For Three Pennsylvania Steel Eagles Highpower Shooters It’s All In The Family

For Three Pennsylvania Steel Eagles Highpower Shooters It’s All In The Family
By Steve Cooper, CMP Writer

Pennsylvania Steel Eagles Highpower Shooters
When asked who inspired the Horomanski girls, Elyse, Marie and Jenna to become highpower shooters, they quickly pointed out their father, Curt.
Civilian Marksmanship Program
Civilian Marksmanship Program

CAMP PERRY, OHIO – -( Curt Horomanski, 52, of Monroeville, Penn-sylvania, says hees happy to provide shooters for the Steel Eagles junior rifle team. His oldest daughter Chessa, 22, recently graduated from the junior ranks but he still has three daughters shooting with the Steel Eagles and members of the Pennsylvania Rifle and Pistol Association.

Elyse, 19, Jenna, 16, and Marie, 14 , all point their fingers at dad when asked whoes the driving force behind their participation in service rifle competition. The girls didn’t take the traditional route of shooting air rifle or .22 caliber smallbore rifle prior to jumping into highpower. All of the Horomanski girls fired nothing but AR-15 rifles from the start, their dad says.

They all started at 12,. Curt said. ”We started in club shooting and they went to the firing line standing and didn’t hit the target very much, sometimes they were on paper, but not in the scoring area. Of course the tears would roll down, but they got better and better”. he said.

Over the years the Horomanski family has traveled to matches in Pennsylvania, Maryland, Ohio, and most recently, North Carolina, improving at each event. The girls attended the Eastern Junior High-power Clinic and Championship at Camp Butner, North Carolina, and did very well shooting and socializing.

They went down there and didn’t want to leave,. Curt said. They made a lot of friendships at Butner and I think it really helped them a lot.

“I enjoy going to shooting events because I like making friends from all across the country”. said Marie, the youngest. “We used to stay to ourselves but now we feel more comfortable meeting new shooters and getting to know them”. The girls admit they are a unique group because many of the shooting events they attend are populated primarily by boys. Each of them learned to load ammunition prior to shooting in competitions, Curt said. 

These events are a great place for them to meet boys the marrying kind – I’ll be honest. These young guys are very polite and very responsible young men. While dad is traveling with the girls, mom is back home with the girls younger brother, but she attends matches when she can. 

They have an eight-year-old brother helping them load ammo and pretty soon he will join them on the line, once hees 12, Curt said.

Elyse, who shot her personal best at Camp Perry this year, said ”Our mom is learning about shooting and she’s really supportive. She always makes sure we have bug spray, sun tan lotion and food and water. I agree that its fun meeting people and getting an opportunity to improve my shooting and being with my sisters.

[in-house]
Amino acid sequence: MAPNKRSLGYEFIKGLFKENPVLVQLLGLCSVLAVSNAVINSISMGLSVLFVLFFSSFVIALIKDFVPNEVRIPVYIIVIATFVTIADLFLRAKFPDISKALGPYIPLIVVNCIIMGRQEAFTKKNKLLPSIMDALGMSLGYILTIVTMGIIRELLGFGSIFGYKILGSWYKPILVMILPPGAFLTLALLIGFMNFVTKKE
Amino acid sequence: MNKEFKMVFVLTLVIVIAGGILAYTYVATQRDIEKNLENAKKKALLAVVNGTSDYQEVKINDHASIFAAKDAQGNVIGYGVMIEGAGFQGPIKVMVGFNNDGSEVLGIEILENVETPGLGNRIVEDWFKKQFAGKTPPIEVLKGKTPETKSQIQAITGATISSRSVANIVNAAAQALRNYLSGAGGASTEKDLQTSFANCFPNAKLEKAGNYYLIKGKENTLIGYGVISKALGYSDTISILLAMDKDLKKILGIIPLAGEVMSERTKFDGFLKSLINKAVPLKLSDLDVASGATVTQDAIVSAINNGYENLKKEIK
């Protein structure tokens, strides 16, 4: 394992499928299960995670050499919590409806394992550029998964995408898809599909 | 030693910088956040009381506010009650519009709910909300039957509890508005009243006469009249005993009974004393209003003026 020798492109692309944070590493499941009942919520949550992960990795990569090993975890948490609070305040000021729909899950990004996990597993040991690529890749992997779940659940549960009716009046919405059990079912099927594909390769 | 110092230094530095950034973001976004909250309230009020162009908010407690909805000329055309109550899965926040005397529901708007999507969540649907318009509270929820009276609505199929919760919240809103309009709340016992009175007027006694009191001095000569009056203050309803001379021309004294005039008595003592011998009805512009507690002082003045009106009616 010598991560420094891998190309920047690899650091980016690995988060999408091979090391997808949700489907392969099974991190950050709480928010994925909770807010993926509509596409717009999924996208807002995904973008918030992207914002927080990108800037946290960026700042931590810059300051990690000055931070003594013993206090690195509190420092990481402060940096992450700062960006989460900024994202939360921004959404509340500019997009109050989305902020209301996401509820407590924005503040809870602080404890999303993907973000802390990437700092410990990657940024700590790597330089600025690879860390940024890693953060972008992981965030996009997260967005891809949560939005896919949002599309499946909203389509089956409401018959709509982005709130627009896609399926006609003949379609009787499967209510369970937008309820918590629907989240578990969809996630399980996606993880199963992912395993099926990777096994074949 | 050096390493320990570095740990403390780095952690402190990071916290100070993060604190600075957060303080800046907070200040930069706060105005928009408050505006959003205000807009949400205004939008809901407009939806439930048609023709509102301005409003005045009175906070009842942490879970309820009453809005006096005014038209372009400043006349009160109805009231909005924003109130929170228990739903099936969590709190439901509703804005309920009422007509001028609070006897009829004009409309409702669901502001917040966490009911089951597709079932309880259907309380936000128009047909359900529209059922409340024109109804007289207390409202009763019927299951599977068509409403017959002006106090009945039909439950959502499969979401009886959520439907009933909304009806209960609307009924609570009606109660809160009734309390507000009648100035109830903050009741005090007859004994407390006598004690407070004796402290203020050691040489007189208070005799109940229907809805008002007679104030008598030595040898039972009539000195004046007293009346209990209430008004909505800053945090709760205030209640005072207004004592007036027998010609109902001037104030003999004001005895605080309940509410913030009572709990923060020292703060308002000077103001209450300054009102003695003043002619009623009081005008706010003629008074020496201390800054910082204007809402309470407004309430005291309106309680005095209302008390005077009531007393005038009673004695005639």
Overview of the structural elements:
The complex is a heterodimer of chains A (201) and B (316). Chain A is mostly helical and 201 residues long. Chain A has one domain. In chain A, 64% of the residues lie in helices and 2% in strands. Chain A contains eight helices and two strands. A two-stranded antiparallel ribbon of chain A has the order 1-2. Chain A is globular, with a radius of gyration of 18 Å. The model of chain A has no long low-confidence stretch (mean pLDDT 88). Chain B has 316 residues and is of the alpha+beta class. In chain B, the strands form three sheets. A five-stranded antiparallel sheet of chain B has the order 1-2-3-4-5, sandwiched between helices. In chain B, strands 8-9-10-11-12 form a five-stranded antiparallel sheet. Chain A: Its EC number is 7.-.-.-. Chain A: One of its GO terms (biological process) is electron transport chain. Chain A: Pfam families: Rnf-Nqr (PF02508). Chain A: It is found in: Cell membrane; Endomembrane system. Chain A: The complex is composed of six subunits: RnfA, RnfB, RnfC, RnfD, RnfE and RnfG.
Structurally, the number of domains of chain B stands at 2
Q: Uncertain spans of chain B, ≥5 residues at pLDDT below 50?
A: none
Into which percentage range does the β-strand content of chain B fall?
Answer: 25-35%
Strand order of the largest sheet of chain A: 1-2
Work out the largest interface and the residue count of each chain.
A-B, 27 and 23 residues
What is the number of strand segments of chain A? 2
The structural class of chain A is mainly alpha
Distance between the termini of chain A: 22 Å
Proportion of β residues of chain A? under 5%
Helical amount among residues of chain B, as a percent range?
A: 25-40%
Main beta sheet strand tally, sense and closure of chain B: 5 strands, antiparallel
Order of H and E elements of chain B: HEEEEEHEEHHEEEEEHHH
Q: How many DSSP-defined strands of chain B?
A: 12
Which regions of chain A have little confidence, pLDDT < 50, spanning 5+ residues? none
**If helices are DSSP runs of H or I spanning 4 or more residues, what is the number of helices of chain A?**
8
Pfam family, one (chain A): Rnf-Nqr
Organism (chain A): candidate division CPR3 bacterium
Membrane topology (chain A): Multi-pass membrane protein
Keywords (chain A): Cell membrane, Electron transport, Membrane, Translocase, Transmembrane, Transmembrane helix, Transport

I love competing as an individual and team because weere always challenging ourselves to do better. You know what they say, practice makes perfect,. Jenna said. ”

“We are always trying to improve and we don‘t dwell on past mistakes.”

Bob Eikey, 41, of Jeannette, Pennsylvania, the Steel Eagles Highpower Director, said hees happy to have families like the Horomanskies involved. ”To Curtes credit, hees been doing the job of three parents and I know it’s a lot of work dragging three teenagers around to these events”.

Eikey said. ”It’s a sibling-oriented sport. We have also got a couple of brothers and some cousins that shoot with us too. Eikey is assisted by Joe Hendricks, 42, of Wexford, Pennsylvania. Hendricks has a solid history of high-power shooting and coached his own very successful junior team several years ago, Eikey said. ”He’s one of the best coaches in the country.

”We are growing as fast as we can grow and improving at every match,. Eikey said. A former Ohio State University rifle shooter, he’s been participating in highpower for about 10 years and hees enjoying working with juniors,” he said.

”You know, shooting is a sport of small numbers, so we’re trying to grow our programs and do the best we can. We’ve been successful attracting new juniors to our program by attending gun shows and distributing information”. Eikey said.

He said he has been experimenting with new ways to introduce the program to youngsters and has had success attending gun shows and handing out information about the organization. As a result, he attracted about 400 junior shooters who expressed interest.

”We waited for them to contact us and weeve been successful acquiring some promising new shooters. We chased off the Kool-Aid drinkers and those who just wanted to shoot our ammunition and recently we brought on four new shooters”. he said.

”I certainly can’t do this alone, but I will do anything I can to help families grow our team. We have got some very generous sponsors and they supply us with gear and we make the most of it.”

The Steel Eagles 7 of 7 two-person junior team of John Yates, 18, of Hackettstown, New Jersey, and Brian Deyoung, 15, of Pittsburgh, Pennsylvania, took top honors in the At-Large category of the National Trophy Junior Team Match and won Freedomes Fire medallions. The Steel Eagles Gold six-person team placed second in the National Trophy Rifle Team Match behind the California Grizzlies Team Seeley. Firing members for the Steel Eagles were Jacob Perryman, 17, of Pleasant Gap, Joseph Hendricks, Jr., 14, of Wexford, Elyse Horomanski, Nathan Evagash, 16, of Glenshaw, Thomas Trent, 16, of Penn, and Garrett Miller, 19, of West Chester.

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